An enormous win for the little guys

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In a giant win for the little folks, Philadelphia final week agreed to rein in its civil-forfeiture program and pay $three million to innocents whose property it wrongly confiscated.

Attorneys with the Institute for Justice sued in 2014 over insurance policies that allow legislation enforcement take property “suspected” of being tied to crime — even when the proprietor clearly wasn’t a part of the crime.

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The lead plaintiffs have been Markela and Chris Sourovelis, whose residence was seized after their son was busted for promoting $40 price of medicine outdoors it. Neither dad or mum ever did something unsuitable. The truth is, they have been driving their son to a court-ordered rehab program the day the police took their residence.

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From 2002 to 2014, Philadelphia’s forfeiture machine pulled in over $72 million, vs. $102 million for the state’s 66 different counties.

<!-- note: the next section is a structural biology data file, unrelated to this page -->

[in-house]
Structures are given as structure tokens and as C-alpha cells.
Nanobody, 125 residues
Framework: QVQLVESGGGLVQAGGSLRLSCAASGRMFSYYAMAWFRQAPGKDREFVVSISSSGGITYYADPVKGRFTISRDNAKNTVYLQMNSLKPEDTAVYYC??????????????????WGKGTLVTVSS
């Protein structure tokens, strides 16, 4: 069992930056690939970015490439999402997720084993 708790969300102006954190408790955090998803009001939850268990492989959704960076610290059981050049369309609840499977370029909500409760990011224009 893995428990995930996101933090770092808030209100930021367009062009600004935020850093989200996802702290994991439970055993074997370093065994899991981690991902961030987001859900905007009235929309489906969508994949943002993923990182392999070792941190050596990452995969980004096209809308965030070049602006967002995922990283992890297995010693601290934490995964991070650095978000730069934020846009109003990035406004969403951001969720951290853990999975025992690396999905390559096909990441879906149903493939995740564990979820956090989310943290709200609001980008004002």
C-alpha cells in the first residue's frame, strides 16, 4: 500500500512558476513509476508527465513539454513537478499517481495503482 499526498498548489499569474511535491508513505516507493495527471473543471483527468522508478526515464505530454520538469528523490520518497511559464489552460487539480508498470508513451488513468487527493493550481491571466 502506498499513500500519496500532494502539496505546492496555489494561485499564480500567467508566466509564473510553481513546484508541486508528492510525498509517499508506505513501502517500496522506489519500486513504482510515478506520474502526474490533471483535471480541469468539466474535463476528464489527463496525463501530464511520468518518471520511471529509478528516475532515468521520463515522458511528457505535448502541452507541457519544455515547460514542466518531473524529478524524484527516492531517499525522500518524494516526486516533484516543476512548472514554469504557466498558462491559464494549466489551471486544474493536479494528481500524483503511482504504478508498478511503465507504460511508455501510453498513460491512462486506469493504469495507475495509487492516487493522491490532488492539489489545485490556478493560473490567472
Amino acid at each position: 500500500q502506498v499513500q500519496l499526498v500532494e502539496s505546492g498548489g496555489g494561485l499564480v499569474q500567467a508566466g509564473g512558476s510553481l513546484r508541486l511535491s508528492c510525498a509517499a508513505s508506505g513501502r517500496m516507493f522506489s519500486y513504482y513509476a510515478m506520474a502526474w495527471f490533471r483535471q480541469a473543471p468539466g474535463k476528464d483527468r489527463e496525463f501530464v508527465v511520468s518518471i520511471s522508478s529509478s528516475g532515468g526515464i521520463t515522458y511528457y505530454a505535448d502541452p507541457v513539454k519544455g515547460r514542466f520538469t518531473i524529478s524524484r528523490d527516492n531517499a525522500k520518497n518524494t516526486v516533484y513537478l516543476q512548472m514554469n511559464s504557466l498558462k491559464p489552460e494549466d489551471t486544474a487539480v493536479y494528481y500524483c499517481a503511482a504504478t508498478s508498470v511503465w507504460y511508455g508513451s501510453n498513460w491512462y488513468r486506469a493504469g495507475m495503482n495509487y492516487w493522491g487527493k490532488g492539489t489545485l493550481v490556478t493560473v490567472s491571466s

Town agreed to place new limits on seizures, maintain quicker hearings for challenges and impose judicial oversight earlier within the course of. And to cease sending the proceeds to the DA’s Workplace and Police Division. (Forfeitures lined greater than a fifth of the funds for the DA’s Workplace because it seized 300-plus houses and different properties every year.)

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“I’m glad that there’s lastly a measure of justice for folks like me,” Chris Sourovelis stated. “Nobody in Philadelphia ought to ever must undergo the nightmare my household confronted.”

In Philly — or anyplace.

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